Solar Energy Poised To Hit Mass Adoption Phase
The stars are getting aligned for solar energy, causing the technology to cross the chasm to embark on the exciting mass adoption phase, according to the recent Deutsche Bank’s 2015 Solar Outlook.
Thanks to rapid reduction in solar panel and balance of system costs, improvements in efficiency and competition, overall solar systems costs have declined at an average of ~15% compound annual rate over the past 8 years. The emergence of YieldCos, publicly traded spin-offs of companies in the solar industry designed to hold the operating assets that produce a predictable cash flow, also plays a positive role. Relatively immune to input cost (the cost of sunlight does not swing wildly like other fuels such as crude oil and natural gas), renewable energy assets such as solar offer stable cash flow attractive to many yield seeking investors, while at the same time help lower the cost of capital for the parent companies.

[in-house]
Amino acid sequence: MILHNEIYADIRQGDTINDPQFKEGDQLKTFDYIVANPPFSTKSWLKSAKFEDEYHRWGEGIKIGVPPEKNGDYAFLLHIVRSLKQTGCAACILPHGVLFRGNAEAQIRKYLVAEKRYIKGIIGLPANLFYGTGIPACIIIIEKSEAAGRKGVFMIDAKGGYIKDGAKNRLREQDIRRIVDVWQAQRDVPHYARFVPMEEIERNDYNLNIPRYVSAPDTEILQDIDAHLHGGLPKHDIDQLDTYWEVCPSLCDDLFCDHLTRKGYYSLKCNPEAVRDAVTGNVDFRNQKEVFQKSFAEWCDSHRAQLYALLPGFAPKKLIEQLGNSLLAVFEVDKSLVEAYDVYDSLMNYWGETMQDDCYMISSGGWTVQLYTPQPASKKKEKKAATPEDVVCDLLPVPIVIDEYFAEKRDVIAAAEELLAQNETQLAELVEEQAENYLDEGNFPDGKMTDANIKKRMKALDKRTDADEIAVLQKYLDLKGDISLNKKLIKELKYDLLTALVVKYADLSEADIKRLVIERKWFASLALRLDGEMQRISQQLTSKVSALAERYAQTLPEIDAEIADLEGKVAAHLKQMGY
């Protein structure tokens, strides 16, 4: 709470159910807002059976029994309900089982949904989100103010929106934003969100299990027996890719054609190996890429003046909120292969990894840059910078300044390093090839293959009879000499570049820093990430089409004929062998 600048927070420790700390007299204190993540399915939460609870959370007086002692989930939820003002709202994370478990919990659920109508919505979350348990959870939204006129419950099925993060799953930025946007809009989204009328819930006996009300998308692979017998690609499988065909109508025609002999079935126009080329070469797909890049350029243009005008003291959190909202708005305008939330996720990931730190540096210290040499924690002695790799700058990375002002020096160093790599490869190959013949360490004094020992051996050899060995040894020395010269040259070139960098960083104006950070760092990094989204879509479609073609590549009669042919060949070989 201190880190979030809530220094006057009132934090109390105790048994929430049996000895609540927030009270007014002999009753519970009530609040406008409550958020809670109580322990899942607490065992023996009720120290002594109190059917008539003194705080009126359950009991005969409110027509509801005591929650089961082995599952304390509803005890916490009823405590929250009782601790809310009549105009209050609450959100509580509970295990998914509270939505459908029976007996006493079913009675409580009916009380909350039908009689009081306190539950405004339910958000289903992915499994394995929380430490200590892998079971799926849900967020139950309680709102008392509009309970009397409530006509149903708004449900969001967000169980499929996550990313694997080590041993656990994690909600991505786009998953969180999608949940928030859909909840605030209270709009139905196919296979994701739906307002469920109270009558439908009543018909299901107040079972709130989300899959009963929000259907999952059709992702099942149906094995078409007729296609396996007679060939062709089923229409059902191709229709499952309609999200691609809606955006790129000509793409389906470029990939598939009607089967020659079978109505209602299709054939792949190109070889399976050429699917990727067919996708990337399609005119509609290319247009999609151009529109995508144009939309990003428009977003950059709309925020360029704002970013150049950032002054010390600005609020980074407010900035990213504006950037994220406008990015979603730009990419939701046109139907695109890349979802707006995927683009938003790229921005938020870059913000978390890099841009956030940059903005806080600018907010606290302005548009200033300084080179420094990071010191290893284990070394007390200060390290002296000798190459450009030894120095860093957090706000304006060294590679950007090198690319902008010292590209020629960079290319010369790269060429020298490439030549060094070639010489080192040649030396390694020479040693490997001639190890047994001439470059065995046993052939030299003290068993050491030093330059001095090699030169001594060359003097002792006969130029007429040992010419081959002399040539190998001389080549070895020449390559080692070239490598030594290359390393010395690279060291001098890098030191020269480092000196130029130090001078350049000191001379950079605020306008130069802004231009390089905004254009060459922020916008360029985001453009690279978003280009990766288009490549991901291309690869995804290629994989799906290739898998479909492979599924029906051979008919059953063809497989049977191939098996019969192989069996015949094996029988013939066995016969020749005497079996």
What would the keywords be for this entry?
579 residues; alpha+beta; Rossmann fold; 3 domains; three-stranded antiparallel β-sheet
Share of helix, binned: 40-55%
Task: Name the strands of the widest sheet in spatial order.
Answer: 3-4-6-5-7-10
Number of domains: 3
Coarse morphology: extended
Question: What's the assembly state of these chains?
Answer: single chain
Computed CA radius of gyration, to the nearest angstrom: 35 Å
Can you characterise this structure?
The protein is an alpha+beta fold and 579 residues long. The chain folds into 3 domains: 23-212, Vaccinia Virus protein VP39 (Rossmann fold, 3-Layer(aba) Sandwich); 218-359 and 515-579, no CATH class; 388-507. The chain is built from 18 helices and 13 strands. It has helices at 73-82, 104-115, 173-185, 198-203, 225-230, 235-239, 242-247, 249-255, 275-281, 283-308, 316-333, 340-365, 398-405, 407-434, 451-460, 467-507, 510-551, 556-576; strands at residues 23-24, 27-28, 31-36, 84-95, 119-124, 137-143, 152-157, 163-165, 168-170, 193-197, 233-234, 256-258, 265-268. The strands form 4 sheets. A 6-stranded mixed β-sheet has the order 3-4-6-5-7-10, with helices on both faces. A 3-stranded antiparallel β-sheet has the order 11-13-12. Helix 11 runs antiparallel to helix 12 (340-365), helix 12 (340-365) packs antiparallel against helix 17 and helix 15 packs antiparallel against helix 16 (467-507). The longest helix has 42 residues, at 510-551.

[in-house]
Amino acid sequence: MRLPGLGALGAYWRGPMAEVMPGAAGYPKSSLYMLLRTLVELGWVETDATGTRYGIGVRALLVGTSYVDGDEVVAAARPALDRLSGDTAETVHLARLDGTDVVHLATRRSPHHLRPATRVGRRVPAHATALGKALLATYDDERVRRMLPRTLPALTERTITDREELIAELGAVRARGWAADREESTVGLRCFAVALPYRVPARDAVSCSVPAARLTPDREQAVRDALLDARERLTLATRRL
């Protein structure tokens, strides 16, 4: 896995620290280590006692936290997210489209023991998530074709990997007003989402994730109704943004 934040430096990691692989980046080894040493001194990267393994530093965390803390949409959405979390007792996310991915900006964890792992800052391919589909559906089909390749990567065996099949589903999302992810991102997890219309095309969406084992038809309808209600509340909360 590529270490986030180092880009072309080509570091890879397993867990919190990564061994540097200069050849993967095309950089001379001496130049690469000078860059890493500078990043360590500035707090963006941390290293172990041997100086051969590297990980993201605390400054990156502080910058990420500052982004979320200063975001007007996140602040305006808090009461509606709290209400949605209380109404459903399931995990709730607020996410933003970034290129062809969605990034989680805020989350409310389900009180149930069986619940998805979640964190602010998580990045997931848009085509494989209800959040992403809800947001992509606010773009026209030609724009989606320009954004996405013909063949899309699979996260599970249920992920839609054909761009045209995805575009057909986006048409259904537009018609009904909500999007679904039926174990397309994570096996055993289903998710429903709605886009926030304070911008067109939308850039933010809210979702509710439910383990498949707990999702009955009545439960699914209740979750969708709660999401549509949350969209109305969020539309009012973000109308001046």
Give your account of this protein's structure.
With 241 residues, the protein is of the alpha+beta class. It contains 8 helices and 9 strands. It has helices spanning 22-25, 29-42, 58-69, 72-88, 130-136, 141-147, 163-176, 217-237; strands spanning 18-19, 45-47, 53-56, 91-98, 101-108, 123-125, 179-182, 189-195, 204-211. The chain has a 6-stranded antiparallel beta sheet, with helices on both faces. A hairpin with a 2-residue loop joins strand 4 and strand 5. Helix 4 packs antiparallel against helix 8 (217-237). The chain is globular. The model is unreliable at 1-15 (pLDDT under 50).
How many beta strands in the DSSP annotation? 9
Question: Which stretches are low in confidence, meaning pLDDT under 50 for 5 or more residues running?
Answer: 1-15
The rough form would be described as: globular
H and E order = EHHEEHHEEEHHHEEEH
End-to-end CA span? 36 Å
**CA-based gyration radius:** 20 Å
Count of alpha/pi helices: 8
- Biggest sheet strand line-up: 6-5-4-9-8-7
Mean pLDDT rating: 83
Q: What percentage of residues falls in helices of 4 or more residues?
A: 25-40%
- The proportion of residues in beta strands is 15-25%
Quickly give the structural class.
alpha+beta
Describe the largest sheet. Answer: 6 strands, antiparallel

Thanks to the rapid decline in system cost achieved so far, today’s unsubsidized electricity costs for solar vary anywhere between $0.13 and $0.23/kWh, well below retail price of electricity in many markets globally. If the industry continues to maintain the level of cost reduction it has enjoyed so far, grid parity is expected to be reached for about 50% of the target market in the next 3+ years. The current ~140GW per year market could potentially almost double to ~260GW over the next 5 years.
The rapid advance in storage solutions, the lack of which has long been the Achilles’ heels for intermittent renewable energy like solar, would further push the technology up the adoption curve in the next few years.